Foreign-film Oscar rules are relaxed Acclaimed Asian movies eligible

November 16, 1993|By Los Angeles Times

Relaxing its new qualifying guidelines for best pTC foreign-language film Oscar consideration, the Academy of Motion Picture Arts and Sciences has accepted three widely acclaimed movies that would not have otherwise made the cut.

Vietnam's "The Scent of Green Papaya," the debut film of director Tran Anh Hung and winner of this year's Camera d'Or at Cannes, will join the Taiwanese entry "The Wedding Banquet" (winner of the Golden Bear at the Berlin Film Festival) and Hong Kong's "Farewell My Concubine" (co-winner of the Palm d'Or prize at Cannes) on the list of 30 films from which the top five nominees will be selected. The academy also disclosed Friday that "Blue," winner of the Golden Lion at the Venice Film Festival, has been rejected since it was shot in French rather than Polish -- the language of the submitting country -- when, in its opinion, the plot didn't call for it.

The academy's guidelines, made public in August, suggest that no foreign-language film is eligible for an Oscar unless three conditions are met. Of the producer, director and writer, two should be from the country submitting the film. That country should be represented in three of the six main creative areas -- art director, cinematographer, costume designer, editor, sound mixer, music composer. Finally, actors from the submitting country should constitute a "significant element" of the film.

"The standards are complex, antiquated and senseless," says Jeff Lipsky, co-founder of October Films, which is distributing "Cronos," a Mexican entry. "Yet the academy won't candidly admit that anything is wrong with anypart of the Oscar process."

Adds Ray Price, vice president of First Look Pictures, the U.S. distributor of "Scent": "I empathize with the academy's effort to discourage films from 'shopping nationalities' -- if country A doesn't submit it, they check out country B. But in trying to define ethnic origin, the criteria may be misleading and create problems entirely different from the intent."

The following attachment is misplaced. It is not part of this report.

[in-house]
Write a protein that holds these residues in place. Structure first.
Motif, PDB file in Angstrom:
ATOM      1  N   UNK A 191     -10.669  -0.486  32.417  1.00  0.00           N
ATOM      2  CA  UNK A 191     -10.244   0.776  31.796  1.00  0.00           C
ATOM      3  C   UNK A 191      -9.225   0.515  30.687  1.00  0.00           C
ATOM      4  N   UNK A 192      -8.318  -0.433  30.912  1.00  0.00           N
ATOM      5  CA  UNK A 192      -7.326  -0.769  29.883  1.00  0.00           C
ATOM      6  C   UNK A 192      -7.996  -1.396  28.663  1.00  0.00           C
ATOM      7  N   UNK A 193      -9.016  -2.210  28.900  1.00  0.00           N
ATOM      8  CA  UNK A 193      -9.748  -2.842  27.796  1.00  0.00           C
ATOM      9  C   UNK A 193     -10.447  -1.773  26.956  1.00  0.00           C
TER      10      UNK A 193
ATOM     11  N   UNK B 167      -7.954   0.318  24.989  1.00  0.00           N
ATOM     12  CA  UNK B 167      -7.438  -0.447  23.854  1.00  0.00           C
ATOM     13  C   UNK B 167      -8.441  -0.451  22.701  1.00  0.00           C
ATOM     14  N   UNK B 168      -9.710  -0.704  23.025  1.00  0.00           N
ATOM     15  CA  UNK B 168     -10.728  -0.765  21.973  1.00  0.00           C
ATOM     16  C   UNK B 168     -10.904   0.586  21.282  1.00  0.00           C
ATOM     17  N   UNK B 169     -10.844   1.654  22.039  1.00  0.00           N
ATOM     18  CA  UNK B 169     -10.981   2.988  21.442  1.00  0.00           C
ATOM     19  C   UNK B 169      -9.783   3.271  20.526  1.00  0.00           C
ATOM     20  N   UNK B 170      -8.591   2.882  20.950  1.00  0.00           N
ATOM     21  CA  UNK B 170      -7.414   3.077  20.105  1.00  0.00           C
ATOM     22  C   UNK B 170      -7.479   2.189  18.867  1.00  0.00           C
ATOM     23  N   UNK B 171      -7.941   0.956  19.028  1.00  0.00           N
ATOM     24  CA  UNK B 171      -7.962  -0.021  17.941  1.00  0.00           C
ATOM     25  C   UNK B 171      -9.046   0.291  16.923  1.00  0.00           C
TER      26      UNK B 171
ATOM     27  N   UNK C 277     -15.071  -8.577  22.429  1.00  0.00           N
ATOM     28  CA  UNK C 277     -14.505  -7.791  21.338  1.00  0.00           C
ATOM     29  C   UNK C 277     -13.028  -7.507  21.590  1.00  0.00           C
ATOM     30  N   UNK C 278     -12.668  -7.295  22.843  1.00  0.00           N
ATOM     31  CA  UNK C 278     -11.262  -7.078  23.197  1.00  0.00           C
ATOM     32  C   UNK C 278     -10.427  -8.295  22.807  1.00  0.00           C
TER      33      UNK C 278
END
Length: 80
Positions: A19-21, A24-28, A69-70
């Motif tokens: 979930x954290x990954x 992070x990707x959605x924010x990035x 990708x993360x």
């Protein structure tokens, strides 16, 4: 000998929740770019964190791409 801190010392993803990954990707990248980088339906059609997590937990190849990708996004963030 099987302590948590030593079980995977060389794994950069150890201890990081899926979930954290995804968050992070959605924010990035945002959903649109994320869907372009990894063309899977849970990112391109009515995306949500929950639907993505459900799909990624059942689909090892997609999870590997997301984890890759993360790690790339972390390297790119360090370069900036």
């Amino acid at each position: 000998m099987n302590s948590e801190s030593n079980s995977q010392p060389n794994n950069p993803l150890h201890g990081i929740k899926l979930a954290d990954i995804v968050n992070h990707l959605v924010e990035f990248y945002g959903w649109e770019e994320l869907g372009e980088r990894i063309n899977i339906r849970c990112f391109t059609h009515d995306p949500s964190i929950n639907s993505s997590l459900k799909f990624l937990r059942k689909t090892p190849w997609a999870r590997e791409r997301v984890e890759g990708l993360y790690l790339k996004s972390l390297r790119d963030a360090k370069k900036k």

Arthur Hiller, president of the academy, emphasizes that these criteria are not "edicts." Judgments will be made case-by-case by the 10-person executive committee and announced at the end of the month. Eligible films will then be evaluated by the 300 to 400 members of the screening committee to determine the five nominees.

"Foreign films pose particular problems and we're trying to be as flexible as possible," Mr. Hiller says. "We want to recognize the best filmmaking wherever we can find it, but there's no perfect way."

Maybe so, retort the critics. But criteria such as these are out ofsync with the realities of the international marketplace. Co-productions are a fact of life -- particularly in a united Europe and developing countries without the deep pockets to finance films on their own. In fact, Eurimage, a division of the European Economic Community, partially funds movies only if a minimum of three different partners participate.

The academy rules are "unjust and a bit bizarre, a deterrent to free trade," claimed "Scent" producer Christophe Rossignon prior to the acceptance of his film last week. The movie, a homage to Vietnam on the part of the director, who left the country in 1975, started shooting in Vietnam but was forced to move to a French sound stage because of insufficient technical expertise in the local film industry. Because this movie, like "Concubine" and "Wedding Banquet," was shot on location, it was that much harder to satisfy the stipulation that half the creative team should come from the country of origin.

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